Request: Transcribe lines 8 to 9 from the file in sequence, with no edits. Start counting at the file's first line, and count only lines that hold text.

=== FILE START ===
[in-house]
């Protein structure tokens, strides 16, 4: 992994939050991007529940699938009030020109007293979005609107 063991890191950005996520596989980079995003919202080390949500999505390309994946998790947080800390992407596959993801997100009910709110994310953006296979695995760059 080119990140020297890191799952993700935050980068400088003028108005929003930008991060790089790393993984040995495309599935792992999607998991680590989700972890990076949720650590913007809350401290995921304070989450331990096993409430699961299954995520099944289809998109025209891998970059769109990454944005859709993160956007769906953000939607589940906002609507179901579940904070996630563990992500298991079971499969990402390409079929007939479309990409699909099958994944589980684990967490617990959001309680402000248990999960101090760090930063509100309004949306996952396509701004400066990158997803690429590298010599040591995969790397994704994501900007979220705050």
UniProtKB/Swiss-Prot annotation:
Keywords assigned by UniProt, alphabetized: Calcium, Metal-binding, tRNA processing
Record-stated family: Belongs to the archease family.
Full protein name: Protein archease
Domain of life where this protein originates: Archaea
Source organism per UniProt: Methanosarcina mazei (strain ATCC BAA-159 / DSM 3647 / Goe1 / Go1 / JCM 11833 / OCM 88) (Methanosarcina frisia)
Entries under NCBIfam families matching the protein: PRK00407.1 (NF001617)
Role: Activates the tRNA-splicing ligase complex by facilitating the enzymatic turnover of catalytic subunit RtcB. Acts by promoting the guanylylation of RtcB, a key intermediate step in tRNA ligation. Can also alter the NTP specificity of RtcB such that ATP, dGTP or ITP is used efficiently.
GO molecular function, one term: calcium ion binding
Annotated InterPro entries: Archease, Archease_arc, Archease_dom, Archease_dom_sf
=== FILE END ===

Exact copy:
Source organism per UniProt: Methanosarcina mazei (strain ATCC BAA-159 / DSM 3647 / Goe1 / Go1 / JCM 11833 / OCM 88) (Methanosarcina frisia)
Entries under NCBIfam families matching the protein: PRK00407.1 (NF001617)